• @Aaron: Oh, yes, for the record, David (at least to me) has been entirely upfront about the resources he used, and sharing his own discoveries about the few chips that weren't documented. So, while ARIA and Chipsounds are commercial, proprietary products, the work being done on these chips is something he's absolutely been sharing. And I think that is important, that the exploration of these chips themselves remains something that engages the community.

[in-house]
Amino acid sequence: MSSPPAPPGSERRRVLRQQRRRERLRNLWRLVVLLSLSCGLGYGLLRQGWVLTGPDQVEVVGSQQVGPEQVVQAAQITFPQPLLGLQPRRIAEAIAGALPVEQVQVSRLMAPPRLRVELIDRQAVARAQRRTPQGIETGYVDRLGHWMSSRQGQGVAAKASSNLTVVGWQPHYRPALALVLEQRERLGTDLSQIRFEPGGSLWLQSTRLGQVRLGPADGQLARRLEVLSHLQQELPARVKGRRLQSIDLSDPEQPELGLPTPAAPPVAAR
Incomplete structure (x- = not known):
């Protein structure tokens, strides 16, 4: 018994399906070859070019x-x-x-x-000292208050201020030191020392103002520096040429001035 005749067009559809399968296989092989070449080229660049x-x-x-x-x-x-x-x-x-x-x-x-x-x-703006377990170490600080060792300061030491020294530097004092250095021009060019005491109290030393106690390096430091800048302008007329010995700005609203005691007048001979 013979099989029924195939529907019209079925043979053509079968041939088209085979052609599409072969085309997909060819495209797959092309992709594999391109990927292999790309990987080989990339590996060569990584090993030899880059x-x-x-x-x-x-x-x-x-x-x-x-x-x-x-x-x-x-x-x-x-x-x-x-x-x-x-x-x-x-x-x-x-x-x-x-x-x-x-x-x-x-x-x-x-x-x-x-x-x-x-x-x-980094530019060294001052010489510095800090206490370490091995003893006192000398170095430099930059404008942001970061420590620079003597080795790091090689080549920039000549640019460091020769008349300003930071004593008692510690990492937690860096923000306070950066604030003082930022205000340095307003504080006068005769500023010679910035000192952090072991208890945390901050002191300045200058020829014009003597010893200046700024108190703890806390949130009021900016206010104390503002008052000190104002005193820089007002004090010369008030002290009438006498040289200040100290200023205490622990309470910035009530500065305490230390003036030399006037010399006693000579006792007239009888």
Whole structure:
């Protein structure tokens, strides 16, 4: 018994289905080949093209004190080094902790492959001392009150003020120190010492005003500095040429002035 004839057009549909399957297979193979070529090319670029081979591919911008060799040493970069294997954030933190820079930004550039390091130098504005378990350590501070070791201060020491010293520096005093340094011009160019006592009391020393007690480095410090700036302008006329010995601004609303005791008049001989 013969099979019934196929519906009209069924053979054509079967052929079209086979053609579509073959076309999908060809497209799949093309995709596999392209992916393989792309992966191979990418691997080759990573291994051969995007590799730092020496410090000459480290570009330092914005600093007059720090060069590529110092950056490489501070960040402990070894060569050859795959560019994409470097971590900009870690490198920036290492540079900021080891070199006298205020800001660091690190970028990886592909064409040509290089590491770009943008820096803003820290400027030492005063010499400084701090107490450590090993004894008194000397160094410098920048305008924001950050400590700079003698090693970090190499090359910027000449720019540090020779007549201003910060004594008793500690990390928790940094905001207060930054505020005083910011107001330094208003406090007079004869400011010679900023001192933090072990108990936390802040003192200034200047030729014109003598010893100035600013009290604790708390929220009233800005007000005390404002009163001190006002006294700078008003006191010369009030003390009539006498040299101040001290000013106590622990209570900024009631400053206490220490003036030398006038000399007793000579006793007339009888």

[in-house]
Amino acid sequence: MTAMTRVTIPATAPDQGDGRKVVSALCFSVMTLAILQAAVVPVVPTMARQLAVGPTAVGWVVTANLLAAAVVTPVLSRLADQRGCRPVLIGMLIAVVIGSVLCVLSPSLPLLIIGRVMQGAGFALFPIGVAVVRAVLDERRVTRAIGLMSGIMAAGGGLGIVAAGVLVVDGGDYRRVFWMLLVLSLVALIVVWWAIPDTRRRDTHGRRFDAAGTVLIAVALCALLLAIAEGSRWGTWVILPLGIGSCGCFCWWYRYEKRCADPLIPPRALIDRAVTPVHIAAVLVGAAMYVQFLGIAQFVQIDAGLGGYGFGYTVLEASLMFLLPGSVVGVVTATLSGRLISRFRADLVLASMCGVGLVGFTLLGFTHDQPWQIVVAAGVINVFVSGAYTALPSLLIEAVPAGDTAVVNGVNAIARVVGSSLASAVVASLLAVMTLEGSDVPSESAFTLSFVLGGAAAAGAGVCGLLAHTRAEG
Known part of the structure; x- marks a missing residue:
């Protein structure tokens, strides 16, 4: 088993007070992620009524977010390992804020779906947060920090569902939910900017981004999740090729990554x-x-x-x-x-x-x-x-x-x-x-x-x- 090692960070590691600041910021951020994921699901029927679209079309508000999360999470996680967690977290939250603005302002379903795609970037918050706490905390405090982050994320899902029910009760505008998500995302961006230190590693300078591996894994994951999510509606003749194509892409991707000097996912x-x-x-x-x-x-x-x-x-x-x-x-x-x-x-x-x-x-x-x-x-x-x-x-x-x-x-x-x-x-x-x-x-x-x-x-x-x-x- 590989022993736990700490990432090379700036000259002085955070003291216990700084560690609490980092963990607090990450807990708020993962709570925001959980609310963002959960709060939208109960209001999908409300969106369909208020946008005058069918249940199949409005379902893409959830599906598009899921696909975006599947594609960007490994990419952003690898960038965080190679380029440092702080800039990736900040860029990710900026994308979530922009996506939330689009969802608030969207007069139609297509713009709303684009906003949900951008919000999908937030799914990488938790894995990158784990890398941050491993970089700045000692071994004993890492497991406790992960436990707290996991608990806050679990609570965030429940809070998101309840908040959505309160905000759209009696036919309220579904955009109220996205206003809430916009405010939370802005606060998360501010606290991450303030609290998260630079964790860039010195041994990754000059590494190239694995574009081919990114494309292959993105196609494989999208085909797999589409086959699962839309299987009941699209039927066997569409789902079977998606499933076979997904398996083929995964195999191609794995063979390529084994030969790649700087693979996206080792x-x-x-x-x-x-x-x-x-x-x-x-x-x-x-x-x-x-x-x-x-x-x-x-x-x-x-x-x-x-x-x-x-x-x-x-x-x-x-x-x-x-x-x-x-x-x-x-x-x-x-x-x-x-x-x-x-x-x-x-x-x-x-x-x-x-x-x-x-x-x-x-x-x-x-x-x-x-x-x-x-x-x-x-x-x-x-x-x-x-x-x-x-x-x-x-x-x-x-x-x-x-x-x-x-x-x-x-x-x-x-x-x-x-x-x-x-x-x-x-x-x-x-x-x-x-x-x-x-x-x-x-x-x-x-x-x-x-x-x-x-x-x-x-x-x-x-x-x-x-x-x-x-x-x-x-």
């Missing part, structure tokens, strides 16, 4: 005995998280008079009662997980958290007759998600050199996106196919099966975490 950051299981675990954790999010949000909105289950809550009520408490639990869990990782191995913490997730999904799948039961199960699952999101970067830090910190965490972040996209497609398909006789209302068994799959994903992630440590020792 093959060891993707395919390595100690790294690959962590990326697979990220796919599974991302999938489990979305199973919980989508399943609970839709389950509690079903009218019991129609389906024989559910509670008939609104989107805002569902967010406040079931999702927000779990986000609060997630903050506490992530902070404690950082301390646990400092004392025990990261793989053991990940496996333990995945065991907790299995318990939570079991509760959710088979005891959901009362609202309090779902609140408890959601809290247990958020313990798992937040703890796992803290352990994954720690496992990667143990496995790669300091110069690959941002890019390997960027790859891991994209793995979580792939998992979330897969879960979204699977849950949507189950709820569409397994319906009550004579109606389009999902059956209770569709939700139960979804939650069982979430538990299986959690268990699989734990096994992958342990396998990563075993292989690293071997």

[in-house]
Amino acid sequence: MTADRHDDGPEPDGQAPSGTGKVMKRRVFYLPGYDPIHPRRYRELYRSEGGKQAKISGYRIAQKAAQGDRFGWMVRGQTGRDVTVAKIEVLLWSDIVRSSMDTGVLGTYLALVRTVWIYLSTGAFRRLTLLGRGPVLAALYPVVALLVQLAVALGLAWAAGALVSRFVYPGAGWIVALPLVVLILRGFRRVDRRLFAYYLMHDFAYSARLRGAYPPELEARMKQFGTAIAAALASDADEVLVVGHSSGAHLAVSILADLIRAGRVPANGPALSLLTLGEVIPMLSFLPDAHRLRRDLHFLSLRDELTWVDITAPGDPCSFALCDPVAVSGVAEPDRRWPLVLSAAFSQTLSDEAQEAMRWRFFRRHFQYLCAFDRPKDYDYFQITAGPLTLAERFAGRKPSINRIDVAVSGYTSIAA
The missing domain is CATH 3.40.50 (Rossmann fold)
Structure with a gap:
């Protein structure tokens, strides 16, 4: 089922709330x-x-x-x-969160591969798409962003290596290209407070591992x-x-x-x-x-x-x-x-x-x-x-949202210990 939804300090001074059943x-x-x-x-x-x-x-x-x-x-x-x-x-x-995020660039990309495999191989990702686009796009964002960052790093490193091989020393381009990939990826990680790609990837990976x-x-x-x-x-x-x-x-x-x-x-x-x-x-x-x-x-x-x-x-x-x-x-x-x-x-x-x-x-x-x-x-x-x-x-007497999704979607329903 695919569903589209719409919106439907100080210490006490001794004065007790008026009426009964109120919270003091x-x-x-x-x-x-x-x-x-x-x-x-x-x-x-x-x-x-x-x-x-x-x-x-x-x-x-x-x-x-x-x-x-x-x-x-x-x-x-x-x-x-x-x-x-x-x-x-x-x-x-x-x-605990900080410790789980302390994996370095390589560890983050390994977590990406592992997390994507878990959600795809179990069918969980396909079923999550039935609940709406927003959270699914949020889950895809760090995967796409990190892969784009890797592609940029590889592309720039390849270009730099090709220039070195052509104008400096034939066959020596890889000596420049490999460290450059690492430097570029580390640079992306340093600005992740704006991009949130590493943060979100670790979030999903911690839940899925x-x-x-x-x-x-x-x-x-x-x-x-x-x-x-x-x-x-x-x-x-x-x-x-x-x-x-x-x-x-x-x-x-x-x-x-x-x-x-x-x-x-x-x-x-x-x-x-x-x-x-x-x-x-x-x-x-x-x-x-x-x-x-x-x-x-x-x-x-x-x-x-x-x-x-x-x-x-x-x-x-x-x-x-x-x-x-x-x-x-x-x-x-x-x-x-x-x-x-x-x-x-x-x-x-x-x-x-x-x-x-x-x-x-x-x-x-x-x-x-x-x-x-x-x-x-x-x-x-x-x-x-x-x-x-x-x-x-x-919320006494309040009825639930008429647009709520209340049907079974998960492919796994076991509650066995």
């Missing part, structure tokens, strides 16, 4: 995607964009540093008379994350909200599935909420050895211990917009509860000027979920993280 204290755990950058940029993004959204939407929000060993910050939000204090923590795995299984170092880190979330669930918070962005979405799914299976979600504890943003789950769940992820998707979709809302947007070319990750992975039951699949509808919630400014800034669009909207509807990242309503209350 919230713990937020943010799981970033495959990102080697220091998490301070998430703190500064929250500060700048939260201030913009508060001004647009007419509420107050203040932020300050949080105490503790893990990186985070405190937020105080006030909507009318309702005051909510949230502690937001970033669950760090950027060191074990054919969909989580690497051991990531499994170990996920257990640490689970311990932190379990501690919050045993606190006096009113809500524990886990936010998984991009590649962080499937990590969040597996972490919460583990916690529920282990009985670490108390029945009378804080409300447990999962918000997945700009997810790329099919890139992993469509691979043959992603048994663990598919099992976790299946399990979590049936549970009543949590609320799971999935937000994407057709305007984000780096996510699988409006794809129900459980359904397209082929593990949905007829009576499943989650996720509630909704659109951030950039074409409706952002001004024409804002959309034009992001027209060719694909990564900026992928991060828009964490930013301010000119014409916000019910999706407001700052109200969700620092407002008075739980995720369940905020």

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  • Aaron

    I didn't mean that as a dig in any way, was just throwin it out there. Hope it didnt come off that way.. this project and any like it are good to me 😉

  • As far as oldschool demos are concerned, I strongly approve of Viznut's Progress Without Progress.

  • aaaa i want that software, i really really want to have a chiptune band!!! :')

  • ivanovisk


  • ivanovisk


  • ivanovisk